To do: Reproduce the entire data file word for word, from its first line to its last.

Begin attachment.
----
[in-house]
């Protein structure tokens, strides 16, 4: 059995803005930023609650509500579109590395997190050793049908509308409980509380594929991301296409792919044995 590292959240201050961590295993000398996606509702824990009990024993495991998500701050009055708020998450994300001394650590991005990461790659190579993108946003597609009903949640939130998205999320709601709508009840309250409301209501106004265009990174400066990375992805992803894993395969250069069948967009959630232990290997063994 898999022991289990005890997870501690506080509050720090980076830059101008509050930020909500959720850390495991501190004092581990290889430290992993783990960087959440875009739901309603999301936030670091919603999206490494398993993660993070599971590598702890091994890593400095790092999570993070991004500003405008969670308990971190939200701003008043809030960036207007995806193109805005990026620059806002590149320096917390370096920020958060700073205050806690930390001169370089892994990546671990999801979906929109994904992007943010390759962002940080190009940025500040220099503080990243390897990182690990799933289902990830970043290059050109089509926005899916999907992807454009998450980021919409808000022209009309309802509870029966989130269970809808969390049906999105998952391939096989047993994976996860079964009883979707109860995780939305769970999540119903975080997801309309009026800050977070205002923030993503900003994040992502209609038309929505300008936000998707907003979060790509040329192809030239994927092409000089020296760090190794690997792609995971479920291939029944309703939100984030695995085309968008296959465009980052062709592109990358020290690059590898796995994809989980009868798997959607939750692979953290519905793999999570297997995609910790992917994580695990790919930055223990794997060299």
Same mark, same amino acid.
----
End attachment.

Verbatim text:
[in-house]
């Protein structure tokens, strides 16, 4: 059995803005930023609650509500579109590395997190050793049908509308409980509380594929991301296409792919044995 590292959240201050961590295993000398996606509702824990009990024993495991998500701050009055708020998450994300001394650590991005990461790659190579993108946003597609009903949640939130998205999320709601709508009840309250409301209501106004265009990174400066990375992805992803894993395969250069069948967009959630232990290997063994 898999022991289990005890997870501690506080509050720090980076830059101008509050930020909500959720850390495991501190004092581990290889430290992993783990960087959440875009739901309603999301936030670091919603999206490494398993993660993070599971590598702890091994890593400095790092999570993070991004500003405008969670308990971190939200701003008043809030960036207007995806193109805005990026620059806002590149320096917390370096920020958060700073205050806690930390001169370089892994990546671990999801979906929109994904992007943010390759962002940080190009940025500040220099503080990243390897990182690990799933289902990830970043290059050109089509926005899916999907992807454009998450980021919409808000022209009309309802509870029966989130269970809808969390049906999105998952391939096989047993994976996860079964009883979707109860995780939305769970999540119903975080997801309309009026800050977070205002923030993503900003994040992502209609038309929505300008936000998707907003979060790509040329192809030239994927092409000089020296760090190794690997792609995971479920291939029944309703939100984030695995085309968008296959465009980052062709592109990358020290690059590898796995994809989980009868798997959607939750692979953290519905793999999570297997995609910790992917994580695990790919930055223990794997060299």
Same mark, same amino acid.